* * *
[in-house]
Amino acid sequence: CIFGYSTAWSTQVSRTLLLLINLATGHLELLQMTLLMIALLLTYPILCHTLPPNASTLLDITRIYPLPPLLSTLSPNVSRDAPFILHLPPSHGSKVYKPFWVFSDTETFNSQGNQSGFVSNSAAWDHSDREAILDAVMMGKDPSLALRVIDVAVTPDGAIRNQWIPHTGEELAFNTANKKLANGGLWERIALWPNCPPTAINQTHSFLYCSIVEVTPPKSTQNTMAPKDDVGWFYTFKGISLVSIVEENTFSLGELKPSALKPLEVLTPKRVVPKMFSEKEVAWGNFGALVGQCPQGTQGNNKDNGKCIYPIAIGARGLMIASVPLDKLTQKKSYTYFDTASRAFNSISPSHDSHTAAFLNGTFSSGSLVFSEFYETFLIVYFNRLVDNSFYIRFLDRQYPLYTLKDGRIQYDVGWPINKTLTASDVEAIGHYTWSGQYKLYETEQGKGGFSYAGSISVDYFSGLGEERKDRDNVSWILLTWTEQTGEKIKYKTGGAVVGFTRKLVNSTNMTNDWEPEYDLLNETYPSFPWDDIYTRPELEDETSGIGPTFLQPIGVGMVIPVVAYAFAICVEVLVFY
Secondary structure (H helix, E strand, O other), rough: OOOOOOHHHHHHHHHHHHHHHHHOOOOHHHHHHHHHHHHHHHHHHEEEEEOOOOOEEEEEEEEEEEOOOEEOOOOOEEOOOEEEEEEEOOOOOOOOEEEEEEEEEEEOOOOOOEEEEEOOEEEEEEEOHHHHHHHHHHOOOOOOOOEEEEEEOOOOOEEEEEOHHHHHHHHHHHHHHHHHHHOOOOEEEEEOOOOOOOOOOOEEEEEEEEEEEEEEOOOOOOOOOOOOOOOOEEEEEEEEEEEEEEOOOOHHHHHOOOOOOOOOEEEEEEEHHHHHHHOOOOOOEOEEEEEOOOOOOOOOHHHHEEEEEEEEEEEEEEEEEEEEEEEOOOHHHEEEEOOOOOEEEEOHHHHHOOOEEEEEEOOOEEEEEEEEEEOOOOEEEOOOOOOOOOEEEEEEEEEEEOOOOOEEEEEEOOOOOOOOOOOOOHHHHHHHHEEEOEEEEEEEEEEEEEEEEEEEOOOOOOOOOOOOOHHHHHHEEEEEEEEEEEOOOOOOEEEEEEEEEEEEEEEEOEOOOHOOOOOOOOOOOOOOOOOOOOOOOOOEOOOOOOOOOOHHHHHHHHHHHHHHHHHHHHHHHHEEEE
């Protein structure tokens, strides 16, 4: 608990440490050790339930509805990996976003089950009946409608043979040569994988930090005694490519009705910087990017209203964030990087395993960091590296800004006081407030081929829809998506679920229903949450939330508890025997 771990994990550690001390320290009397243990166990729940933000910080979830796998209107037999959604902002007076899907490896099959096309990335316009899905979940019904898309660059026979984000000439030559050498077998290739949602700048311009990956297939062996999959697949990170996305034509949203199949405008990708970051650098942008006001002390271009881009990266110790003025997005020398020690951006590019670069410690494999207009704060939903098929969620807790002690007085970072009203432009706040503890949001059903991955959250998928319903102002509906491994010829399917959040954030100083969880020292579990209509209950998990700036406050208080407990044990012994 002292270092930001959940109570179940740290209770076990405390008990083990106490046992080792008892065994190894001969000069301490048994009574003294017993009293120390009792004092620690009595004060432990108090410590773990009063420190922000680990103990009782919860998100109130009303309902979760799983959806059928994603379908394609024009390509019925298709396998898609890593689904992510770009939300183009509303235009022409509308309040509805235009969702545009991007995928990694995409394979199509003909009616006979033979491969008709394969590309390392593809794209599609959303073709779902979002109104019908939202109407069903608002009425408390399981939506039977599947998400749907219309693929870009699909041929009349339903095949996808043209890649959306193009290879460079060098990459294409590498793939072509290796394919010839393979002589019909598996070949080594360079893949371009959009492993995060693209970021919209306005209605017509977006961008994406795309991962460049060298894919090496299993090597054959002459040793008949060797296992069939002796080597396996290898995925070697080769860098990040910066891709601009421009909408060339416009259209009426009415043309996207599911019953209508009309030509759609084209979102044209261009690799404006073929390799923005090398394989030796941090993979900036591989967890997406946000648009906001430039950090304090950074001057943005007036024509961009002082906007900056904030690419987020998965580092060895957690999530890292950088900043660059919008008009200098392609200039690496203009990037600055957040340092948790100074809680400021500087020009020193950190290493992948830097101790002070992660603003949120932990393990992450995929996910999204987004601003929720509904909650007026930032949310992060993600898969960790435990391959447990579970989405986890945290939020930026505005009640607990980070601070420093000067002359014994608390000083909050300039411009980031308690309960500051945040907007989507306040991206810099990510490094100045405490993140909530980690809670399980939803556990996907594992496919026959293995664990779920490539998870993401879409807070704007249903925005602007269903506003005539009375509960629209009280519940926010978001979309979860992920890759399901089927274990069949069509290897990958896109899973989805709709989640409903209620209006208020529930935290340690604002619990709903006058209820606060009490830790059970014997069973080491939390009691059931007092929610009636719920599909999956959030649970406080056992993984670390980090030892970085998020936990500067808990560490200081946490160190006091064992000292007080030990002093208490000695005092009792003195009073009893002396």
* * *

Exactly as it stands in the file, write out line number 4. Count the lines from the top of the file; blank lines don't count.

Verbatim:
């Protein structure tokens, strides 16, 4: 608990440490050790339930509805990996976003089950009946409608043979040569994988930090005694490519009705910087990017209203964030990087395993960091590296800004006081407030081929829809998506679920229903949450939330508890025997 771990994990550690001390320290009397243990166990729940933000910080979830796998209107037999959604902002007076899907490896099959096309990335316009899905979940019904898309660059026979984000000439030559050498077998290739949602700048311009990956297939062996999959697949990170996305034509949203199949405008990708970051650098942008006001002390271009881009990266110790003025997005020398020690951006590019670069410690494999207009704060939903098929969620807790002690007085970072009203432009706040503890949001059903991955959250998928319903102002509906491994010829399917959040954030100083969880020292579990209509209950998990700036406050208080407990044990012994 002292270092930001959940109570179940740290209770076990405390008990083990106490046992080792008892065994190894001969000069301490048994009574003294017993009293120390009792004092620690009595004060432990108090410590773990009063420190922000680990103990009782919860998100109130009303309902979760799983959806059928994603379908394609024009390509019925298709396998898609890593689904992510770009939300183009509303235009022409509308309040509805235009969702545009991007995928990694995409394979199509003909009616006979033979491969008709394969590309390392593809794209599609959303073709779902979002109104019908939202109407069903608002009425408390399981939506039977599947998400749907219309693929870009699909041929009349339903095949996808043209890649959306193009290879460079060098990459294409590498793939072509290796394919010839393979002589019909598996070949080594360079893949371009959009492993995060693209970021919209306005209605017509977006961008994406795309991962460049060298894919090496299993090597054959002459040793008949060797296992069939002796080597396996290898995925070697080769860098990040910066891709601009421009909408060339416009259209009426009415043309996207599911019953209508009309030509759609084209979102044209261009690799404006073929390799923005090398394989030796941090993979900036591989967890997406946000648009906001430039950090304090950074001057943005007036024509961009002082906007900056904030690419987020998965580092060895957690999530890292950088900043660059919008008009200098392609200039690496203009990037600055957040340092948790100074809680400021500087020009020193950190290493992948830097101790002070992660603003949120932990393990992450995929996910999204987004601003929720509904909650007026930032949310992060993600898969960790435990391959447990579970989405986890945290939020930026505005009640607990980070601070420093000067002359014994608390000083909050300039411009980031308690309960500051945040907007989507306040991206810099990510490094100045405490993140909530980690809670399980939803556990996907594992496919026959293995664990779920490539998870993401879409807070704007249903925005602007269903506003005539009375509960629209009280519940926010978001979309979860992920890759399901089927274990069949069509290897990958896109899973989805709709989640409903209620209006208020529930935290340690604002619990709903006058209820606060009490830790059970014997069973080491939390009691059931007092929610009636719920599909999956959030649970406080056992993984670390980090030892970085998020936990500067808990560490200081946490160190006091064992000292007080030990002093208490000695005092009792003195009073009893002396």